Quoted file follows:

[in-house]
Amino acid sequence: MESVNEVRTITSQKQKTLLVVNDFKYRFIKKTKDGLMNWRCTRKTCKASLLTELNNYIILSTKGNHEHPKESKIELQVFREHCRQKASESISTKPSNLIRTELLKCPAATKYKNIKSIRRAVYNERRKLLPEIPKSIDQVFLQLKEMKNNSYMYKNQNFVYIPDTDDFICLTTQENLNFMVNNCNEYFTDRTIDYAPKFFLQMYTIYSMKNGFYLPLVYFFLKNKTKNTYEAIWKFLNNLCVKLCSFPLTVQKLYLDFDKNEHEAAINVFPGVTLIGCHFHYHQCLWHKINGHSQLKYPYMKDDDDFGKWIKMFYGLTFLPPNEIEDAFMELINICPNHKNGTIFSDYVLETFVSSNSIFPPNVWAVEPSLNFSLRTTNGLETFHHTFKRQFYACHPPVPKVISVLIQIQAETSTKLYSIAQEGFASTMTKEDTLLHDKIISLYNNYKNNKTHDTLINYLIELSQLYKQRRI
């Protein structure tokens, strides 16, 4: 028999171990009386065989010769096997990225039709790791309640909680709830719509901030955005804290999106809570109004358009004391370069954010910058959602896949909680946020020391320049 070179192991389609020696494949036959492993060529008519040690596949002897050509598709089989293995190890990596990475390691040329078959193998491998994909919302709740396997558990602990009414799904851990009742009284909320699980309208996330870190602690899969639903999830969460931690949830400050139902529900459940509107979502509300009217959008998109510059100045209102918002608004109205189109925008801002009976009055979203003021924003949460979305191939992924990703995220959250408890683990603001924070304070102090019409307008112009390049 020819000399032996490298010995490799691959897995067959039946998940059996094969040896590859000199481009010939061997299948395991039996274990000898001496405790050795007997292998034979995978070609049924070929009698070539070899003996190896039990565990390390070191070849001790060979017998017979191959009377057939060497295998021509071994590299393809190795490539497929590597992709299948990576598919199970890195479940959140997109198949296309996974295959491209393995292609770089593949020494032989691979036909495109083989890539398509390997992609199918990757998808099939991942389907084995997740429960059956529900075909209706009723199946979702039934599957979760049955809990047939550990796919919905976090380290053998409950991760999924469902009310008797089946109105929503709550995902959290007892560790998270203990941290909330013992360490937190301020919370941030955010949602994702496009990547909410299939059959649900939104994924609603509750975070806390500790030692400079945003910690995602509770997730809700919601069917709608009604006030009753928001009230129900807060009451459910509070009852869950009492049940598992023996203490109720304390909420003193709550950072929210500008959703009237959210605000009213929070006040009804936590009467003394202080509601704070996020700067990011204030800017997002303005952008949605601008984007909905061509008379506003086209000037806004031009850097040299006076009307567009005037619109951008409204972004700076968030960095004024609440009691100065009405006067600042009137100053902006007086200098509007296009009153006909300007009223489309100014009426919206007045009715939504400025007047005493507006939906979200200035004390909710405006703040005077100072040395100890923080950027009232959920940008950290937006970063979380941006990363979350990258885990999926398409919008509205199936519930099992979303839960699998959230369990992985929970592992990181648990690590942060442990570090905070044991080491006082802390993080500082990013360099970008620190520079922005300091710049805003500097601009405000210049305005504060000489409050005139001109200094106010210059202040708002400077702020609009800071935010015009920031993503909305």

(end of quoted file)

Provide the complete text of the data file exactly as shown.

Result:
[in-house]
Amino acid sequence: MESVNEVRTITSQKQKTLLVVNDFKYRFIKKTKDGLMNWRCTRKTCKASLLTELNNYIILSTKGNHEHPKESKIELQVFREHCRQKASESISTKPSNLIRTELLKCPAATKYKNIKSIRRAVYNERRKLLPEIPKSIDQVFLQLKEMKNNSYMYKNQNFVYIPDTDDFICLTTQENLNFMVNNCNEYFTDRTIDYAPKFFLQMYTIYSMKNGFYLPLVYFFLKNKTKNTYEAIWKFLNNLCVKLCSFPLTVQKLYLDFDKNEHEAAINVFPGVTLIGCHFHYHQCLWHKINGHSQLKYPYMKDDDDFGKWIKMFYGLTFLPPNEIEDAFMELINICPNHKNGTIFSDYVLETFVSSNSIFPPNVWAVEPSLNFSLRTTNGLETFHHTFKRQFYACHPPVPKVISVLIQIQAETSTKLYSIAQEGFASTMTKEDTLLHDKIISLYNNYKNNKTHDTLINYLIELSQLYKQRRI
């Protein structure tokens, strides 16, 4: 028999171990009386065989010769096997990225039709790791309640909680709830719509901030955005804290999106809570109004358009004391370069954010910058959602896949909680946020020391320049 070179192991389609020696494949036959492993060529008519040690596949002897050509598709089989293995190890990596990475390691040329078959193998491998994909919302709740396997558990602990009414799904851990009742009284909320699980309208996330870190602690899969639903999830969460931690949830400050139902529900459940509107979502509300009217959008998109510059100045209102918002608004109205189109925008801002009976009055979203003021924003949460979305191939992924990703995220959250408890683990603001924070304070102090019409307008112009390049 020819000399032996490298010995490799691959897995067959039946998940059996094969040896590859000199481009010939061997299948395991039996274990000898001496405790050795007997292998034979995978070609049924070929009698070539070899003996190896039990565990390390070191070849001790060979017998017979191959009377057939060497295998021509071994590299393809190795490539497929590597992709299948990576598919199970890195479940959140997109198949296309996974295959491209393995292609770089593949020494032989691979036909495109083989890539398509390997992609199918990757998808099939991942389907084995997740429960059956529900075909209706009723199946979702039934599957979760049955809990047939550990796919919905976090380290053998409950991760999924469902009310008797089946109105929503709550995902959290007892560790998270203990941290909330013992360490937190301020919370941030955010949602994702496009990547909410299939059959649900939104994924609603509750975070806390500790030692400079945003910690995602509770997730809700919601069917709608009604006030009753928001009230129900807060009451459910509070009852869950009492049940598992023996203490109720304390909420003193709550950072929210500008959703009237959210605000009213929070006040009804936590009467003394202080509601704070996020700067990011204030800017997002303005952008949605601008984007909905061509008379506003086209000037806004031009850097040299006076009307567009005037619109951008409204972004700076968030960095004024609440009691100065009405006067600042009137100053902006007086200098509007296009009153006909300007009223489309100014009426919206007045009715939504400025007047005493507006939906979200200035004390909710405006703040005077100072040395100890923080950027009232959920940008950290937006970063979380941006990363979350990258885990999926398409919008509205199936519930099992979303839960699998959230369990992985929970592992990181648990690590942060442990570090905070044991080491006082802390993080500082990013360099970008620190520079922005300091710049805003500097601009405000210049305005504060000489409050005139001109200094106010210059202040708002400077702020609009800071935010015009920031993503909305």